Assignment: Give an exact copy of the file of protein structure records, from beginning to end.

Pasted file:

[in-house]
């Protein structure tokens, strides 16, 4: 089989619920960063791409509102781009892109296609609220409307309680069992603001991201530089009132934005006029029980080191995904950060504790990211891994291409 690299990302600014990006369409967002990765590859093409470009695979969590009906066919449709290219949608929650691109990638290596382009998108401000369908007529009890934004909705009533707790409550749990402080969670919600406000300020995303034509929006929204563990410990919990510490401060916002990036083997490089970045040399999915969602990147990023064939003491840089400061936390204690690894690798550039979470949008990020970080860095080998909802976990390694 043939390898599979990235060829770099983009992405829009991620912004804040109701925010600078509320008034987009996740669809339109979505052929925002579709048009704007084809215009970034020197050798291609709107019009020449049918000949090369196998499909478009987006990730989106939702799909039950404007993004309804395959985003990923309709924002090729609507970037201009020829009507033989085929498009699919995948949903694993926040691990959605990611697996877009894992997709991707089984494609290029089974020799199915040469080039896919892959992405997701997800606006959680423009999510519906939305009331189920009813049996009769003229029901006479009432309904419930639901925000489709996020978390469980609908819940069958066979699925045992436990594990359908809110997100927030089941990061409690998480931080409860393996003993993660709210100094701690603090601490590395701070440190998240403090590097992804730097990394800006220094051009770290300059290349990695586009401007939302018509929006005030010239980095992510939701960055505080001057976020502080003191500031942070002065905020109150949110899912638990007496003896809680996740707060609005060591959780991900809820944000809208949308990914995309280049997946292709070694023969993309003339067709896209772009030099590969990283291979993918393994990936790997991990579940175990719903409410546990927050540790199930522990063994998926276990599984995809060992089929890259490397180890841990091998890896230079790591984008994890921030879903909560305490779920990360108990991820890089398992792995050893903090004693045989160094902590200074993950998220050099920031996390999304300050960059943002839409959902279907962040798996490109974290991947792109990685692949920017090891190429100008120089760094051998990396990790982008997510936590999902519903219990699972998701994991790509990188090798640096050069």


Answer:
[in-house]
């Protein structure tokens, strides 16, 4: 089989619920960063791409509102781009892109296609609220409307309680069992603001991201530089009132934005006029029980080191995904950060504790990211891994291409 690299990302600014990006369409967002990765590859093409470009695979969590009906066919449709290219949608929650691109990638290596382009998108401000369908007529009890934004909705009533707790409550749990402080969670919600406000300020995303034509929006929204563990410990919990510490401060916002990036083997490089970045040399999915969602990147990023064939003491840089400061936390204690690894690798550039979470949008990020970080860095080998909802976990390694 043939390898599979990235060829770099983009992405829009991620912004804040109701925010600078509320008034987009996740669809339109979505052929925002579709048009704007084809215009970034020197050798291609709107019009020449049918000949090369196998499909478009987006990730989106939702799909039950404007993004309804395959985003990923309709924002090729609507970037201009020829009507033989085929498009699919995948949903694993926040691990959605990611697996877009894992997709991707089984494609290029089974020799199915040469080039896919892959992405997701997800606006959680423009999510519906939305009331189920009813049996009769003229029901006479009432309904419930639901925000489709996020978390469980609908819940069958066979699925045992436990594990359908809110997100927030089941990061409690998480931080409860393996003993993660709210100094701690603090601490590395701070440190998240403090590097992804730097990394800006220094051009770290300059290349990695586009401007939302018509929006005030010239980095992510939701960055505080001057976020502080003191500031942070002065905020109150949110899912638990007496003896809680996740707060609005060591959780991900809820944000809208949308990914995309280049997946292709070694023969993309003339067709896209772009030099590969990283291979993918393994990936790997991990579940175990719903409410546990927050540790199930522990063994998926276990599984995809060992089929890259490397180890841990091998890896230079790591984008994890921030879903909560305490779920990360108990991820890089398992792995050893903090004693045989160094902590200074993950998220050099920031996390999304300050960059943002839409959902279907962040798996490109974290991947792109990685692949920017090891190429100008120089760094051998990396990790982008997510936590999902519903219990699972998701994991790509990188090798640096050069």